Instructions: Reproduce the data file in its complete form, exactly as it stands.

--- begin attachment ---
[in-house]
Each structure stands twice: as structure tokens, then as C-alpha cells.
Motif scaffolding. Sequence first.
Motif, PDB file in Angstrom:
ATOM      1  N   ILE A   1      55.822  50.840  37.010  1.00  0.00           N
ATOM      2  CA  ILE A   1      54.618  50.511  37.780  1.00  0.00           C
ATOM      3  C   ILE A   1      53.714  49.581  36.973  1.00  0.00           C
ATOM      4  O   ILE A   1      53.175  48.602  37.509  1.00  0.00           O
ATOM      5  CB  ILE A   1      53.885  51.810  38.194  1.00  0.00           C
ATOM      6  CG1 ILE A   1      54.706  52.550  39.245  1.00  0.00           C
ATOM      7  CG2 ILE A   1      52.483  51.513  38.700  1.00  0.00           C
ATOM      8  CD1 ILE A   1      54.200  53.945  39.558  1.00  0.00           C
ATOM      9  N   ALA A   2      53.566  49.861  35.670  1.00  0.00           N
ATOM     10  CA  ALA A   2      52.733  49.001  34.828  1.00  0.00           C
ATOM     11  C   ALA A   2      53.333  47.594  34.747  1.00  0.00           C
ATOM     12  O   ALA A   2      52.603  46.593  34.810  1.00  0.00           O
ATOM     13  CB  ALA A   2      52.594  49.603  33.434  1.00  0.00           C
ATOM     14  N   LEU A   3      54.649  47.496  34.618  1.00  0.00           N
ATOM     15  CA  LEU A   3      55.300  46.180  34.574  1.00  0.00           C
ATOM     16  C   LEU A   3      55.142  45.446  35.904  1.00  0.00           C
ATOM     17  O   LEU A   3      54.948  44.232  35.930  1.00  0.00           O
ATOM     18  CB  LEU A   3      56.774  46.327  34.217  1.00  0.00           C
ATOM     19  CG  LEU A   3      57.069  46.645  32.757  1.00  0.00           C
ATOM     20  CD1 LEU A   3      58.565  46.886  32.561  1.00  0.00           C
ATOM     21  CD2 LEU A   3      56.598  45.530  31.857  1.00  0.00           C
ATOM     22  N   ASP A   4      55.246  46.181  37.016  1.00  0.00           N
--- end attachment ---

[in-house]
Each structure stands twice: as structure tokens, then as C-alpha cells.
Motif scaffolding. Sequence first.
Motif, PDB file in Angstrom:
ATOM      1  N   ILE A   1      55.822  50.840  37.010  1.00  0.00           N
ATOM      2  CA  ILE A   1      54.618  50.511  37.780  1.00  0.00           C
ATOM      3  C   ILE A   1      53.714  49.581  36.973  1.00  0.00           C
ATOM      4  O   ILE A   1      53.175  48.602  37.509  1.00  0.00           O
ATOM      5  CB  ILE A   1      53.885  51.810  38.194  1.00  0.00           C
ATOM      6  CG1 ILE A   1      54.706  52.550  39.245  1.00  0.00           C
ATOM      7  CG2 ILE A   1      52.483  51.513  38.700  1.00  0.00           C
ATOM      8  CD1 ILE A   1      54.200  53.945  39.558  1.00  0.00           C
ATOM      9  N   ALA A   2      53.566  49.861  35.670  1.00  0.00           N
ATOM     10  CA  ALA A   2      52.733  49.001  34.828  1.00  0.00           C
ATOM     11  C   ALA A   2      53.333  47.594  34.747  1.00  0.00           C
ATOM     12  O   ALA A   2      52.603  46.593  34.810  1.00  0.00           O
ATOM     13  CB  ALA A   2      52.594  49.603  33.434  1.00  0.00           C
ATOM     14  N   LEU A   3      54.649  47.496  34.618  1.00  0.00           N
ATOM     15  CA  LEU A   3      55.300  46.180  34.574  1.00  0.00           C
ATOM     16  C   LEU A   3      55.142  45.446  35.904  1.00  0.00           C
ATOM     17  O   LEU A   3      54.948  44.232  35.930  1.00  0.00           O
ATOM     18  CB  LEU A   3      56.774  46.327  34.217  1.00  0.00           C
ATOM     19  CG  LEU A   3      57.069  46.645  32.757  1.00  0.00           C
ATOM     20  CD1 LEU A   3      58.565  46.886  32.561  1.00  0.00           C
ATOM     21  CD2 LEU A   3      56.598  45.530  31.857  1.00  0.00           C
ATOM     22  N   ASP A   4      55.246  46.181  37.016  1.00  0.00           N